Vampire Princess Miyu [Kyuuketsuti Miyu 吸血姫 美夕, Vampire Miyu] (1988/1989)
Starring Mami Koyama, Naoko Watanabe, Mayumi Shou, Katsumi Toruiumi, Ryo Horikawa, Yuji Mitsuya, Masako Ikeda, Kiyonobu Suzuki, Tesshō Genda, Kaneto Shiozawa
Directed by Toshihiro Hirano
Another series rather than film, Vampire Princess Miyu is one of my old favorites from my high school years. It was refreshing coming back to this series and finding that it still holds up pretty well. This is not the late ’90s TV series, but the decade older direct-to-video mini-series. At only four episodes the entire series is no longer than a feature film, making it easy to watch in one sitting although each episode stands on its own fairly well. They are all interconnected and combine to tell a broader story, but each episode is also a single adventure in itself.
The franchise has a rather oddly translated title. “Princess” is nowhere in the Japanese title. Miyu herself is not, and never was, a princess of anything. One can only wonder what made the translators insert that word. I guess it just sounds better than the more basic Vampire Miyu (though I do wonder if the original title might be a reference to Anne Rice’s The Vampire Lestat). In any event, the erroneous title is the one by which the franchise is most commonly known in English (the original manga used the literal translation Vampire Miyu when it first came out in the US, but later releases apparently added in the “princess” bit).
In basic description, Miyu is very similar to Saya from Blood: The Last Vampire and its various sequels. They are both immune to the standard vampire weaknesses like crosses and sunlight. They both hunt down monsters that prey on humanity. They both disguise themselves as schoolgirls to track down their opponents. They both have glowing eyes when they use their powers, though Miyu’s are gold instead of red. They both have bitter pasts that drive them to shun human relationships. But at the same time, the characters couldn’t be more different. Where Saya is brash, surly, and violent; Miyu is demure, coquettish, and philosophical. Saya’s answer to most problems is to hit them over the head with a sword, where Miyu is more manipulative and mystical. If Saya is a warrior, then Miyu is a wizard. She relies on magical illusion as her primary weapon, and when forced into direct combat, Miyu fights with a globe of flame rather than physical contact.
Stylistically, the series is fantastic. It is the mood and tone of the series that is perhaps its most impressive aspect. Miyu is always garbed in classical Japanese clothing. The look and feel of the settings evokes a distinctly Japanese flavor as well. The magic has a disturbing feel to it, always lurking and creeping rather than blasting forth. The animation is well-made for the time, and brings it all together quite well.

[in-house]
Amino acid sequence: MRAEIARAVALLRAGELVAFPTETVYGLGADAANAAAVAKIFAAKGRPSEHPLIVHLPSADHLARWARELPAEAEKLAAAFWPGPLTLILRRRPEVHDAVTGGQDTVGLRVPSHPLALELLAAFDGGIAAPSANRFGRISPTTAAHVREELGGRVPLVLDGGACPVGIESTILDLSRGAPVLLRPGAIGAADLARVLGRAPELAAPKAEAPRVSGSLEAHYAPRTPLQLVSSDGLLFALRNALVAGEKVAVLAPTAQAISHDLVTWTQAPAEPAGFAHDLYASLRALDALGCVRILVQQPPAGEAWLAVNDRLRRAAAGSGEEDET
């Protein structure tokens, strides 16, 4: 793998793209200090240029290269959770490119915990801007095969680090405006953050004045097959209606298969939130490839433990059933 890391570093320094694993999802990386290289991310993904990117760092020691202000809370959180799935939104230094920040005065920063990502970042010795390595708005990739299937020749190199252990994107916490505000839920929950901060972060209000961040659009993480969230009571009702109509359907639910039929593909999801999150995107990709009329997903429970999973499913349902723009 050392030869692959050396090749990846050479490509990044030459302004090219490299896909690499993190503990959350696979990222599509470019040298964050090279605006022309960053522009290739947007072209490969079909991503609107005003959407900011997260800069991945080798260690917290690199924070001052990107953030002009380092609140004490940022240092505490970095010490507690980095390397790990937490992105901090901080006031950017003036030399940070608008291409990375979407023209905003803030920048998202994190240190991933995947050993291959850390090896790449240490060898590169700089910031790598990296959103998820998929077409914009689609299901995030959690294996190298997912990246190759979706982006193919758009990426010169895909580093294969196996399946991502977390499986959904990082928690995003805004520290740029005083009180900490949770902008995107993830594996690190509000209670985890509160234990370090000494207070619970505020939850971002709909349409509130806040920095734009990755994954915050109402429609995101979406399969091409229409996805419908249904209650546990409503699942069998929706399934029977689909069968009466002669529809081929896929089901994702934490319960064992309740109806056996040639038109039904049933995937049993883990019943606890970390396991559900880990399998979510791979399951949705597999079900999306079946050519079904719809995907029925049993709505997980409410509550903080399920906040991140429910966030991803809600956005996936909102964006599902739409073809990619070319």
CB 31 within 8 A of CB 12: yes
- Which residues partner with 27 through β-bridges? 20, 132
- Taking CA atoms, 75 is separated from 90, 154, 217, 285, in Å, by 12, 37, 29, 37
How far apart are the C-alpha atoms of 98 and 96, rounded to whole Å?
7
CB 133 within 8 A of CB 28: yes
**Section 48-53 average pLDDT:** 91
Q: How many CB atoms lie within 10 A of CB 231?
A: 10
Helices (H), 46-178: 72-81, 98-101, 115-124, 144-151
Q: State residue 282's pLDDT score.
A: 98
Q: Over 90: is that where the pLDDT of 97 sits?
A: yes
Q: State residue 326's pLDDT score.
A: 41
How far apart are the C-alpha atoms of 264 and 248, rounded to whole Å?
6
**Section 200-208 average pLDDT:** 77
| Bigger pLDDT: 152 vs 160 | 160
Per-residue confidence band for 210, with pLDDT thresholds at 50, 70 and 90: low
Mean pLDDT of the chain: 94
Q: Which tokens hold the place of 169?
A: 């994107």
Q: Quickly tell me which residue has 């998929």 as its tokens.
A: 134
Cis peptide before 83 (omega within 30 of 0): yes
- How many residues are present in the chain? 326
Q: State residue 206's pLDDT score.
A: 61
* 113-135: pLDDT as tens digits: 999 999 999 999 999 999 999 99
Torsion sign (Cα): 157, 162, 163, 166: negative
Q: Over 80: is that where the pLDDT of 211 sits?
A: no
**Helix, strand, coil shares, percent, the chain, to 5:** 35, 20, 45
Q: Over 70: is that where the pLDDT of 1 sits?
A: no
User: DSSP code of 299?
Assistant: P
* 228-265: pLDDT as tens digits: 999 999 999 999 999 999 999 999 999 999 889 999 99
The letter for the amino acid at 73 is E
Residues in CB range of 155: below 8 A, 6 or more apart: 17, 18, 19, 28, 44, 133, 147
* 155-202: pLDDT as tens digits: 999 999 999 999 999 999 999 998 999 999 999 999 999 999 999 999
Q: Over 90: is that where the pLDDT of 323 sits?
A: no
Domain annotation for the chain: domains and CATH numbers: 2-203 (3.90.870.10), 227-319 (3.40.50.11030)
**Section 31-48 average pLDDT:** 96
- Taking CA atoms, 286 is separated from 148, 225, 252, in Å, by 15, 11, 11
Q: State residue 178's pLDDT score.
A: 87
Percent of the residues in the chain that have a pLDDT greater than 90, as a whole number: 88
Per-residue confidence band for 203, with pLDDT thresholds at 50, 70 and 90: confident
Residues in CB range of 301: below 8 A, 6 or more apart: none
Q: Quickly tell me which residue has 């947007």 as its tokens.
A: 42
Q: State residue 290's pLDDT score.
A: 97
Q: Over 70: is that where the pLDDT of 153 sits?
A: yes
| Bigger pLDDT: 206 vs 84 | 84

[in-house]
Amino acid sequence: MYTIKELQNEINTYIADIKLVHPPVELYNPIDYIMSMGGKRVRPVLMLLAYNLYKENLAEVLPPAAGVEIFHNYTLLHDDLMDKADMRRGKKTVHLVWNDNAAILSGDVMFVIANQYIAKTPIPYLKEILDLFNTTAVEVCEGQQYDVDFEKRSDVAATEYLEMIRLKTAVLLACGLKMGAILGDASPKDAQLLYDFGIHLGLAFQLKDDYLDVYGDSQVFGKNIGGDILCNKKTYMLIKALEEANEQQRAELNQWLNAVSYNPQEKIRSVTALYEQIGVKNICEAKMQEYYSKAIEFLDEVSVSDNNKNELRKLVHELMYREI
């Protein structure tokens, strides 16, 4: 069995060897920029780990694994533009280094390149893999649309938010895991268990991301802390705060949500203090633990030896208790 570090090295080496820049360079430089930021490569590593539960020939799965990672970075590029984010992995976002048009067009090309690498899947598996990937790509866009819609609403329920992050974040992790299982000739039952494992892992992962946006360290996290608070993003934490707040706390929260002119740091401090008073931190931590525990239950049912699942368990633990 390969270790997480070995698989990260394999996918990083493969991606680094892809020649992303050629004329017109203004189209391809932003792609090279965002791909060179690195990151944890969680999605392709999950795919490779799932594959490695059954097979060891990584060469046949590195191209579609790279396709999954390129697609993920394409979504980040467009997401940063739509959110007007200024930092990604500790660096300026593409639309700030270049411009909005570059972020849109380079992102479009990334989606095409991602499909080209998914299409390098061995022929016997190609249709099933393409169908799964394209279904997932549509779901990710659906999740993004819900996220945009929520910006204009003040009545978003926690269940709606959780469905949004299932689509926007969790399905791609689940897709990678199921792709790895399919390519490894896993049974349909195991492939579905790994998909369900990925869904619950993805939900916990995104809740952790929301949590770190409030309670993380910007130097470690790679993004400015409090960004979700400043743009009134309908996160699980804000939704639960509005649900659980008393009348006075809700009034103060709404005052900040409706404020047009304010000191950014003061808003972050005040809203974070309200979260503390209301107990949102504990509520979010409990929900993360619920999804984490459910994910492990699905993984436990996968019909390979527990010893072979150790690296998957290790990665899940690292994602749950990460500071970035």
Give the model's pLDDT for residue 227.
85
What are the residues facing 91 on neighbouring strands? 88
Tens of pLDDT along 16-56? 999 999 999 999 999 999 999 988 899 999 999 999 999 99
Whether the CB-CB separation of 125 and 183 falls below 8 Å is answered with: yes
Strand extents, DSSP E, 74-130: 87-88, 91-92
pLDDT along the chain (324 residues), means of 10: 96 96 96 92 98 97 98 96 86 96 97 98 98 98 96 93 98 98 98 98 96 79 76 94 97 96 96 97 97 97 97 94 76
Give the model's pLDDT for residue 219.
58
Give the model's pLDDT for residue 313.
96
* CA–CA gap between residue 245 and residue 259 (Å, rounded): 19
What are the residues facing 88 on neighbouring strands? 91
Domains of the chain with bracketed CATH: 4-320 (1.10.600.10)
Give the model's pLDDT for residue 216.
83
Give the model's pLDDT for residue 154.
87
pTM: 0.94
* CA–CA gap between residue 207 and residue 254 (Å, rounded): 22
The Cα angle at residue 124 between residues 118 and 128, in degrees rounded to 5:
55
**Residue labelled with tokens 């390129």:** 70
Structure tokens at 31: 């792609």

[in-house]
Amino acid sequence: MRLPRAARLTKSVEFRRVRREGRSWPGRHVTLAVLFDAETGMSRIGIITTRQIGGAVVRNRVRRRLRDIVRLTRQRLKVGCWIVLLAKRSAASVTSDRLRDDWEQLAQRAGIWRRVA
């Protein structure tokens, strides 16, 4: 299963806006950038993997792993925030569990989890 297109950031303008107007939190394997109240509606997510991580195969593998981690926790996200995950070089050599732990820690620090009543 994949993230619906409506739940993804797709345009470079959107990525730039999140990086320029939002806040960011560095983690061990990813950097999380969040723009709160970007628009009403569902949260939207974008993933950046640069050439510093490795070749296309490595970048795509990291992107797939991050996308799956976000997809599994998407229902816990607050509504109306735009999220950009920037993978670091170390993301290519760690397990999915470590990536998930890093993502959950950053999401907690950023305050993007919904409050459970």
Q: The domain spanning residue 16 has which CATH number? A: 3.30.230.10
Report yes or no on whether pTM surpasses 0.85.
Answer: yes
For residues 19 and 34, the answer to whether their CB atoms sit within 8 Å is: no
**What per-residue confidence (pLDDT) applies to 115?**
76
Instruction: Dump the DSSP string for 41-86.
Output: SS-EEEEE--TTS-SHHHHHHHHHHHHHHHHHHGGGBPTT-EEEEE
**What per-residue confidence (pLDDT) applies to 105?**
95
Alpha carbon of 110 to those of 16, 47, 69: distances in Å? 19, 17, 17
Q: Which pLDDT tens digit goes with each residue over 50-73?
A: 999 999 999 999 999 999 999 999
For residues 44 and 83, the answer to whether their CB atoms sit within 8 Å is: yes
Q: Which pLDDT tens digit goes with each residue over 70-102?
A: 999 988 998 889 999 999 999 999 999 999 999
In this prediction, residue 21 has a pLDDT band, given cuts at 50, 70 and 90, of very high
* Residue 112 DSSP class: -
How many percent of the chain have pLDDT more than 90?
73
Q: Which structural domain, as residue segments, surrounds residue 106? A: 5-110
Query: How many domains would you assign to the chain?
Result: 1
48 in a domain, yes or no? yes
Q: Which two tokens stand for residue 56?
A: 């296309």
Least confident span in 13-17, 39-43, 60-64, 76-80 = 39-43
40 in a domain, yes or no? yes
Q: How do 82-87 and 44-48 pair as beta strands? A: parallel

Miyu, and the series as a whole, are defined by a mysterious and distant nature. Miyu is an enigma, and each of the four episodes unveils another layer of her character. Yet she is not the protagonist of the series. If anything she is the antagonist. The story actually centers on Himiko, a spiritualist that discovers Miyu and hunts her down as a threat to humanity. As the story continues Himiko becomes more confused and daunted by Miyu’s nature, as well as the monstrous shinma creatures that Miyu hunts. These gradual revelations work very well because by the time we get a full explanation of who Miyu is, the mystery has been built up enough to make any information seem like rain in a desert.
Perhaps what makes Miyu most mysterious is her magic. She fades in and out of existence at will, and frequently sucks people into an illusory realm of eerie red light and twisted black trees. There is never any explanation of what this place is or where it is, or what might be lurking within. But Miyu’s enemies are perhaps even more frightening. Each shinma she faces is completely different, and presents its own brand of creepy visuals. Like Miyu, though, they primarily work through subtlety and manipulation. They are disturbing not because of how big and ugly they are, but rather because they are so insidious, manipulating people’s desires to fuel their own dark magics.
Miyu’s sidekick Larva is just as mysterious, though more one-dimensional. His name has also been translated as Lava, but I wonder if it might have been a Japanese attempt to pronounce the English word “lover.” His own nature is touched on only slightly and his relationship with Miyu left vague, but “lover” doesn’t seem out of line. Larva is Miyu’s servant, tall, dark and silent to contrast with Miyu’s dainty bright and cheerful appearance. He is the brawn of the team, acting as bodyguard and sometimes as offensive front line while Miyu works her magic from afar.
There are times when the series gets a little too sappy. The second episode is definitely the weakest in this regard, which deals with a bizarre high school romance, but I think a lot of this is just that I am so familiar with the tale. The story is about mysterious creatures of darkness, and when you already know the answers it’s harder to keep the interest going. For a newcomer, however, I think the mysterious creepy vibes will overwhelm any of these misgivings.
Vampire Princess Miyu is a very stylish and evocative tale. It has a lot of cool visuals and a creepy sort of elegance that I find very endearing. If you want a more thoughtful approach to a vampire character, then this is a great series to try.